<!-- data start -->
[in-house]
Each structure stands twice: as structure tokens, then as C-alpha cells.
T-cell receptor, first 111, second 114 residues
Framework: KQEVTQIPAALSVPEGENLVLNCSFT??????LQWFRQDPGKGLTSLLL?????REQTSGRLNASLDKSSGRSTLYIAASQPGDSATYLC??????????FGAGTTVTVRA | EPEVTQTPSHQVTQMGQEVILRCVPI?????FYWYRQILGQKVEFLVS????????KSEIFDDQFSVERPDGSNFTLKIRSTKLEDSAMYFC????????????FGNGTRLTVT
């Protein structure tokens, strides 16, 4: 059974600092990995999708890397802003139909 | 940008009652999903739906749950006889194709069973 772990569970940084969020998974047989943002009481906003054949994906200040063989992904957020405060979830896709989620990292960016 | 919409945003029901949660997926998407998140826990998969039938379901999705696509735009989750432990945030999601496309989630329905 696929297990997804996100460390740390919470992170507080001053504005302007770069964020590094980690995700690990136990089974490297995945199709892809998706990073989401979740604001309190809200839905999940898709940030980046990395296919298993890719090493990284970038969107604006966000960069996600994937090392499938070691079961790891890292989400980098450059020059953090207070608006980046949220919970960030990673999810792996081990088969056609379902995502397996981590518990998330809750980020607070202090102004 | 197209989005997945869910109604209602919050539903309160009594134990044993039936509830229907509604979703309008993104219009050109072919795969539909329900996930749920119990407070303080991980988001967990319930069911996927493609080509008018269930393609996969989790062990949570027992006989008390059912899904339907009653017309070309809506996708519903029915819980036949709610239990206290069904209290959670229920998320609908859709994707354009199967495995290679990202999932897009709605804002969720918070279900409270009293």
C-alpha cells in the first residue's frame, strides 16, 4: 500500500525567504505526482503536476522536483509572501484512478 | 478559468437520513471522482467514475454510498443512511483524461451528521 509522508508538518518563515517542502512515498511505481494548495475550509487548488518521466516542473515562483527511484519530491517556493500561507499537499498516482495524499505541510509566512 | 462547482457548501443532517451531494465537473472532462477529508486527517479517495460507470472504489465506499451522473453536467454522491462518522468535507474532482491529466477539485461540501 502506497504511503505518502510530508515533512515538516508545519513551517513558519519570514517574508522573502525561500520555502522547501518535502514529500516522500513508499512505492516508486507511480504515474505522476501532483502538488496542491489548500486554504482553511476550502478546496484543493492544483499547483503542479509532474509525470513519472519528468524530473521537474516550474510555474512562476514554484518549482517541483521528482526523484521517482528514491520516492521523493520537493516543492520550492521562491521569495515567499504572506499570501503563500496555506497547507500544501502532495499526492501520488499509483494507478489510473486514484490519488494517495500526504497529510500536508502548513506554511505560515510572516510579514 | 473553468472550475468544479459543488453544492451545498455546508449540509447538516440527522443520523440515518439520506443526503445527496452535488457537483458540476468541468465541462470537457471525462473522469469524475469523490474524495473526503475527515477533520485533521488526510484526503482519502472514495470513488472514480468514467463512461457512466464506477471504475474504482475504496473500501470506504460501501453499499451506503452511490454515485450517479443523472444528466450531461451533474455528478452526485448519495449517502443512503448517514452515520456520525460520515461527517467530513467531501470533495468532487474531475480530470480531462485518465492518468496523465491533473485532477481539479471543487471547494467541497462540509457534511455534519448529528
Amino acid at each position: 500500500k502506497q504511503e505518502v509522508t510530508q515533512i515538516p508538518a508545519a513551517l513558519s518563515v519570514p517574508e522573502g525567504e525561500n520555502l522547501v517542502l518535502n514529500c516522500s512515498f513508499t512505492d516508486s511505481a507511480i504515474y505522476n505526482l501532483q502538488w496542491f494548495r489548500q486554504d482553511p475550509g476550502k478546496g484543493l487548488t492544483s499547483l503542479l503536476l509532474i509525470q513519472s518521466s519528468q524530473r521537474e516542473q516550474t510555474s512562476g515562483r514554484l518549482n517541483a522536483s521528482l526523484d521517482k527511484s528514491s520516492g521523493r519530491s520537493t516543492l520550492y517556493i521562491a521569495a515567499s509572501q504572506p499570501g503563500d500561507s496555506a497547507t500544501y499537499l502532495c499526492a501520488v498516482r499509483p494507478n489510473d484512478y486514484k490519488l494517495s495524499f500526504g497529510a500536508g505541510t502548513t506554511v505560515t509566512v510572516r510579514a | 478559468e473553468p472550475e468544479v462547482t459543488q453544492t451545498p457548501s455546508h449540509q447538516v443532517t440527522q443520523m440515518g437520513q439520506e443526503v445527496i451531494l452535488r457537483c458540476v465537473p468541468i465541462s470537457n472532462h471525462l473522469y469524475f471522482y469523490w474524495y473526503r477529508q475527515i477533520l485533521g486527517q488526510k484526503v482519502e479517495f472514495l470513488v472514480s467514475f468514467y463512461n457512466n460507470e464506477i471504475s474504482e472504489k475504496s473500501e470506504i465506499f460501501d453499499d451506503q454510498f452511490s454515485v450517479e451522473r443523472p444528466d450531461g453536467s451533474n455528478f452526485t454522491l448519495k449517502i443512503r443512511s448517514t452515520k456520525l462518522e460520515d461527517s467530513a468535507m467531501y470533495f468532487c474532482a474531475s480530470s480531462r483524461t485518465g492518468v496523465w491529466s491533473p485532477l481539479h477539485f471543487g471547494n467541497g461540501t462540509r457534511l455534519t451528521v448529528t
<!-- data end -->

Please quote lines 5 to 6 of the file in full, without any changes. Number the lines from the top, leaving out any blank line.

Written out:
């Protein structure tokens, strides 16, 4: 059974600092990995999708890397802003139909 | 940008009652999903739906749950006889194709069973 772990569970940084969020998974047989943002009481906003054949994906200040063989992904957020405060979830896709989620990292960016 | 919409945003029901949660997926998407998140826990998969039938379901999705696509735009989750432990945030999601496309989630329905 696929297990997804996100460390740390919470992170507080001053504005302007770069964020590094980690995700690990136990089974490297995945199709892809998706990073989401979740604001309190809200839905999940898709940030980046990395296919298993890719090493990284970038969107604006966000960069996600994937090392499938070691079961790891890292989400980098450059020059953090207070608006980046949220919970960030990673999810792996081990088969056609379902995502397996981590518990998330809750980020607070202090102004 | 197209989005997945869910109604209602919050539903309160009594134990044993039936509830229907509604979703309008993104219009050109072919795969539909329900996930749920119990407070303080991980988001967990319930069911996927493609080509008018269930393609996969989790062990949570027992006989008390059912899904339907009653017309070309809506996708519903029915819980036949709610239990206290069904209290959670229920998320609908859709994707354009199967495995290679990202999932897009709605804002969720918070279900409270009293």
C-alpha cells in the first residue's frame, strides 16, 4: 500500500525567504505526482503536476522536483509572501484512478 | 478559468437520513471522482467514475454510498443512511483524461451528521 509522508508538518518563515517542502512515498511505481494548495475550509487548488518521466516542473515562483527511484519530491517556493500561507499537499498516482495524499505541510509566512 | 462547482457548501443532517451531494465537473472532462477529508486527517479517495460507470472504489465506499451522473453536467454522491462518522468535507474532482491529466477539485461540501 502506497504511503505518502510530508515533512515538516508545519513551517513558519519570514517574508522573502525561500520555502522547501518535502514529500516522500513508499512505492516508486507511480504515474505522476501532483502538488496542491489548500486554504482553511476550502478546496484543493492544483499547483503542479509532474509525470513519472519528468524530473521537474516550474510555474512562476514554484518549482517541483521528482526523484521517482528514491520516492521523493520537493516543492520550492521562491521569495515567499504572506499570501503563500496555506497547507500544501502532495499526492501520488499509483494507478489510473486514484490519488494517495500526504497529510500536508502548513506554511505560515510572516510579514 | 473553468472550475468544479459543488453544492451545498455546508449540509447538516440527522443520523440515518439520506443526503445527496452535488457537483458540476468541468465541462470537457471525462473522469469524475469523490474524495473526503475527515477533520485533521488526510484526503482519502472514495470513488472514480468514467463512461457512466464506477471504475474504482475504496473500501470506504460501501453499499451506503452511490454515485450517479443523472444528466450531461451533474455528478452526485448519495449517502443512503448517514452515520456520525460520515461527517467530513467531501470533495468532487474531475480530470480531462485518465492518468496523465491533473485532477481539479471543487471547494467541497462540509457534511455534519448529528